Britain is failing to promote its defense industry to the same extent as countries like France because equipment-buying policy is more focused on getting value for money than wider economic factors, lawmakers said.
The cross-party House of Commons Defense Committee urged Prime Minister David Cameron’s government to reconsider its strategy for defense procurement. It was critical of a decision to change the type of fighter planes being ordered for new aircraft carriers at short notice.
“We believe that the absence of a defense-industrial strategy which supports appropriate national sovereignty puts the U.K. at a disadvantage against competitor countries,” the panel said in a report published in London today. “We do not understand how we can have confidence in a national security strategy which does not show a clear grasp of what is needed for the defense of the United Kingdom, and how this can be ensured.”
The committee recommended that the government “should take into account in buying equipment the enhanced opportunities for export of equipment in use by U.K. armed forces,” arguing that such sales bring “significant benefits to the UK in terms of employment opportunities, economies of scale and enhancement of influence.”
The government’s 2010 decision to switch from the F-35B to the F-35C variant of Lockheed Martin Corp.’s Joint Strike Fighter, which later had to be reversed, was “taken at great speed, without full consultation, and without the Ministry of Defense understanding how it could be implemented nor how much it would cost,” the panel’s chairman, Conservative lawmaker James Arbuthnot, said in an e-mailed statement.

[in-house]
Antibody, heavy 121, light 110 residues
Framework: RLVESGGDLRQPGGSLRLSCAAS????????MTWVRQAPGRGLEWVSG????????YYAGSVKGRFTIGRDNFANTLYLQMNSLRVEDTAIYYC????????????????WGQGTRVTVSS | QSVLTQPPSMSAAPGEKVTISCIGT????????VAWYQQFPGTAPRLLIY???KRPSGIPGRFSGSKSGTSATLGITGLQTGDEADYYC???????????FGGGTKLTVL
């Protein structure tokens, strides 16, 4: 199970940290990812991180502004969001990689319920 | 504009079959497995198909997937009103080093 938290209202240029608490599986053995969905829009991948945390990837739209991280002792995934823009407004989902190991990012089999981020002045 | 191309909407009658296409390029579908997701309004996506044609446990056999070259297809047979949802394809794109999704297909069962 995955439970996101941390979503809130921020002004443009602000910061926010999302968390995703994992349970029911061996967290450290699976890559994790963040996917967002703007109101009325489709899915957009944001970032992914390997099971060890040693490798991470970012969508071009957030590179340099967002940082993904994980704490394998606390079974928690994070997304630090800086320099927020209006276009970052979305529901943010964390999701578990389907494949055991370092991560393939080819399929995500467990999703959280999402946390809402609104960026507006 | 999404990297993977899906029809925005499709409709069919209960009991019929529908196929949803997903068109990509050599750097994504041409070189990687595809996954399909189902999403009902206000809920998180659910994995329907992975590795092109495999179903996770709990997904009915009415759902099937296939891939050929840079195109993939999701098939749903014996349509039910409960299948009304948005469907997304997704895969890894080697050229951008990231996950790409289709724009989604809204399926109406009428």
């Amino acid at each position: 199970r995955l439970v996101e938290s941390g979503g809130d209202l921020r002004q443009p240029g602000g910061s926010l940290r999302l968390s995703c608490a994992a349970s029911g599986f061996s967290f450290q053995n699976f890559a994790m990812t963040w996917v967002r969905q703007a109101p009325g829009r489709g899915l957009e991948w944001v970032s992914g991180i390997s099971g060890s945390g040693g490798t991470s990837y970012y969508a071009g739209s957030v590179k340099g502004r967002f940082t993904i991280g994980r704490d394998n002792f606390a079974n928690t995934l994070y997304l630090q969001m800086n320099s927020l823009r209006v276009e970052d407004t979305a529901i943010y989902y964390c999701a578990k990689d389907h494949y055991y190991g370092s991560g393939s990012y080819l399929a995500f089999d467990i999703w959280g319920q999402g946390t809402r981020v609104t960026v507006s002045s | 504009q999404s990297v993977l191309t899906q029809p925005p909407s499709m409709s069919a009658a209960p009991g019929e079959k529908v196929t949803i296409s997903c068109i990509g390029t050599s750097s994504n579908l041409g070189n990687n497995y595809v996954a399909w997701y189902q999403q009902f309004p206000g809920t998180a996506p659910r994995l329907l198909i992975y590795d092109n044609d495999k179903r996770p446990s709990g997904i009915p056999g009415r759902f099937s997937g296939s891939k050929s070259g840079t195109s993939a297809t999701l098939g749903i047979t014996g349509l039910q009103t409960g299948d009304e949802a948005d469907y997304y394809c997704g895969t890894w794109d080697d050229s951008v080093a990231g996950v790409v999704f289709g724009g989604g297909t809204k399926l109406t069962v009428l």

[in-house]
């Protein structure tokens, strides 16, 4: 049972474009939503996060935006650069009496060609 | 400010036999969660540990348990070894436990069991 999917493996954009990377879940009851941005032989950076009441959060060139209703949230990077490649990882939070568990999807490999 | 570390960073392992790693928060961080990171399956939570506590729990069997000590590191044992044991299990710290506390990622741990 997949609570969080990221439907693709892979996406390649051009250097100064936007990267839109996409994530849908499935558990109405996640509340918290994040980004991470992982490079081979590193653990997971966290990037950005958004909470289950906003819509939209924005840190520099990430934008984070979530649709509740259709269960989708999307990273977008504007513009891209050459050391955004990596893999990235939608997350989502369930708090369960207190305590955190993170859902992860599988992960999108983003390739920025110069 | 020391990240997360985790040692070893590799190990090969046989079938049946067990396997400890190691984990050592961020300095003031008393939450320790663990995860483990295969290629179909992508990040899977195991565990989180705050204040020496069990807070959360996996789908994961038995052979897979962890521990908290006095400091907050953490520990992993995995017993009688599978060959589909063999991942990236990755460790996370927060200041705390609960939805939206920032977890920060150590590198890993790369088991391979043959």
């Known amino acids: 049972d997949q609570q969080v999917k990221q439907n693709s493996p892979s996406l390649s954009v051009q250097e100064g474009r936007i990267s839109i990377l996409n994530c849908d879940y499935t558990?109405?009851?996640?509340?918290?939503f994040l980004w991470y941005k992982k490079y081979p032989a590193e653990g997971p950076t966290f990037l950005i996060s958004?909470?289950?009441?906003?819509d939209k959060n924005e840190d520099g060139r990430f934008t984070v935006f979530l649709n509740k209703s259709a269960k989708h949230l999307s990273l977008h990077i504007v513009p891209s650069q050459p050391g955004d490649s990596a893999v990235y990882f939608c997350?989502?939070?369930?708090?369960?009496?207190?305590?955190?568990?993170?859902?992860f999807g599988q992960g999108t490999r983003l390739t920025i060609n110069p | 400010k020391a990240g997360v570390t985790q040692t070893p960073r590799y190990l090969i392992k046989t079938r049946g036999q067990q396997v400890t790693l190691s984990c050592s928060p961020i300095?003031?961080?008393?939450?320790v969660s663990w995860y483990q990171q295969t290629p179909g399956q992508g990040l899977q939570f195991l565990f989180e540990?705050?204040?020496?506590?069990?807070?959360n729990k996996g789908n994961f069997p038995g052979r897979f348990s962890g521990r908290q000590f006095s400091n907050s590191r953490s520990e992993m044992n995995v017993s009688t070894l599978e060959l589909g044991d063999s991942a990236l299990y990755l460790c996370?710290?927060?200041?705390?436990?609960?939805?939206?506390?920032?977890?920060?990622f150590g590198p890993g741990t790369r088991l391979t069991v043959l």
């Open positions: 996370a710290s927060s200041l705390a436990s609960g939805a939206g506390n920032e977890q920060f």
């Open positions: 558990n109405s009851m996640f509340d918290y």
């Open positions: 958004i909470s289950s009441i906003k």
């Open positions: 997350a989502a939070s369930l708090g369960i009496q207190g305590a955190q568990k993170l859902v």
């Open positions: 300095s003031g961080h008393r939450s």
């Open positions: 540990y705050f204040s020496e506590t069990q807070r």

“Industry has warned that, without a defense-industrial strategy, tens of thousands of jobs are at risk,” Jim Murphy, the opposition Labour Party’s defense spokesman said in an e-mailed statement. “There is a loss of skills, contradictions in export policy, worries over investment in science and no strategy to support sovereign capabilities.”
He said any new industrial strategy must improve the speed of procurement, share the burden of risk with industry, support small businesses and strengthen collaboration between companies, the defense ministry and the military.
“This government has worked tirelessly to eliminate the multibillion pound black hole we inherited and transform the way we fund and manage the delivery of military equipment,” Defense Equipment Minister Philip Dunne said in an e-mailed statement.
“Our recently published 160-billion-pound ($252 billion) 10-year equipment plan will deliver fully funded hardware for our armed forces, giving them much more certainty,” Dunne said. “The increased financial contingency will help cover future risk and make our equipment program affordable. There is also greater information for industry about our priorities, helping them to invest in the future capabilities our troops need.”